Granuloma annulare (GA) presents as erythematous to flesh-colored papules coalescing to form an oval or ring lesion. GA often presents asymptomatically but can cause pruritus or a burning sensation (54). The association between granuloma annulare and diabetes is controversial. One retrospective study showed a 12% association between GA and diabetes (55). Another study reported diabetes in 21% of 100 cases of generalized granuloma annulare (GGA) and in 9.7% of 1,350 cases of localized GA (56). Skin lesions may often precede diabetes. Struder et al. (55) suggest that patients with recurrent localized granuloma annulare or the disseminated form be given a glucose tolerance test.

The pathogenesis of GA is currently unknown. Treatment options are topical steroids, intralesional steroids, isotretinoin, dapsone, antimalarials, and phototherapy. Untreated lesions may spontaneously regress; this is more common in the localized form of GA than in the disseminated form (57). Localized forms can be treated easily and followed by PCPs. Recurrent GA or disseminated GA can be worked up by PCPs and referred to a dermatologist. GGA tends to be idiopathic. However, it has been associated with diabetes and with diseases such as autoimmune thyroiditis, HIV, hepatitis C, Epstein-Barr virus infection, sarcoidosis, and internal malignancies (58).

Acquired Perforating Dermatosis

Acquired perforating dermatosis presents as dome-shaped papules and nodules with hyperkeratotic plugs. This condition is characterized by the transepidermal elimination of some component of the dermis. The cutaneous perforating disorders have classically been divided into four types: elastosis perforans serpiginosa, reactive perforating collagenosis, perforating folliculitis, and Kyrle’s disease. Perforating disorders have been associated with chronic renal failure, dialysis, and diabetes. Acquired perforating dermatitis is seen in both type 1 and type 2 diabetes (15,16,59). In most cases, the renal disease is a complication of diabetic nephropathy (60). The lesions of acquired perforating dermatosis are most commonly seen on the trunk and extremities and tend to be pruritic.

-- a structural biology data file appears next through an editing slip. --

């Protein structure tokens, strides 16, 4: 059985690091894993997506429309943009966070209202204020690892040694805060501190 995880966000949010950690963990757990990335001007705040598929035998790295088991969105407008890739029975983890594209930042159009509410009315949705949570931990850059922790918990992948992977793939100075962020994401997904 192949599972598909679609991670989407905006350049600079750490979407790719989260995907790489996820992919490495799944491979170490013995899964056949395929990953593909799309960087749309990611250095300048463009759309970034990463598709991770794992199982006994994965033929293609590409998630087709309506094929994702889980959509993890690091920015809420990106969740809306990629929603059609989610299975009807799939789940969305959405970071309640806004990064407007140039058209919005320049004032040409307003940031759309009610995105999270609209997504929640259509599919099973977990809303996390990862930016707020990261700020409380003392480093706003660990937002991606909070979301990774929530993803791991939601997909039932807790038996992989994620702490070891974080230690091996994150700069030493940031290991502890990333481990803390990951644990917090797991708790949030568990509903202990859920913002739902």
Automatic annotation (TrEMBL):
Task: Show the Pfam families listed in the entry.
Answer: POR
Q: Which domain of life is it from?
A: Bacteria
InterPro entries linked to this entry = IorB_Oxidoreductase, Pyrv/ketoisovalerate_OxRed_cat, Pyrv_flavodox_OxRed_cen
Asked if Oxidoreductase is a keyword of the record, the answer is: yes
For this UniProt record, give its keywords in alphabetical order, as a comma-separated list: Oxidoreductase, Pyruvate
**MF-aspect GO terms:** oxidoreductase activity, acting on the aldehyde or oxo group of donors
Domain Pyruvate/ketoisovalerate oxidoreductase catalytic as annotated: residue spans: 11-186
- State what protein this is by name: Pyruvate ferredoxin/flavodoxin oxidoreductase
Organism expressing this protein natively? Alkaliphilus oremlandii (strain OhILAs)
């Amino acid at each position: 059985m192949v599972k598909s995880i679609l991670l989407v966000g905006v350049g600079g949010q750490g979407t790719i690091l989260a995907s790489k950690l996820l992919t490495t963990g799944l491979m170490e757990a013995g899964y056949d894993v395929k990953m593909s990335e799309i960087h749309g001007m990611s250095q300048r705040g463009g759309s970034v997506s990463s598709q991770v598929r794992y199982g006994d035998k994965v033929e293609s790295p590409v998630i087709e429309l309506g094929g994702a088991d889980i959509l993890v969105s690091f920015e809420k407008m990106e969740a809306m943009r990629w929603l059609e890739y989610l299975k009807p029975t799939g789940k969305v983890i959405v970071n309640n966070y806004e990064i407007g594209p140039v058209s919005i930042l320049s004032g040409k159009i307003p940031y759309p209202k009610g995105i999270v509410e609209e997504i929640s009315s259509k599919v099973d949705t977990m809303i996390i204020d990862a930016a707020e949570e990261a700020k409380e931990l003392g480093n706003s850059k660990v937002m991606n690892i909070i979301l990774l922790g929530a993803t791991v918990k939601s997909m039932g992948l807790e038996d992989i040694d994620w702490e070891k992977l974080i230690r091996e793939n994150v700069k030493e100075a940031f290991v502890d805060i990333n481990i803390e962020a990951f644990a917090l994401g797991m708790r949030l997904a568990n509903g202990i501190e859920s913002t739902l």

It has been thought that the mechanism of action may be derived from epidermal trauma, a foreign-body reaction to the collagen in the dermis, or metabolic products from uremia (59,61). Dialysis has not shown therapeutic value, but renal transplant has been shown to be effective in clearing the lesions (60). Treatment options include avoidance of scratching, topical or systemic steroids, phototherapy, retinoid, and antihistamines.

Onychodystrophy

Onychodystrophy presents as excessive nail thickening and deformity, which may cause accumulation of debris and subsequent infection of the toe that should be treated as a diabetic ulcer. Poorly fitting shoes may cause repeated trauma and worsening of the injured site (61). In patients with diabetes, onychodystrophy is the result of poor peripheral circulation and diabetic neuropathy. The condition itself may cause diabetic foot ulcers (62). Proper nail care, well-fitting shoes, and immediate attention to nail infections are important.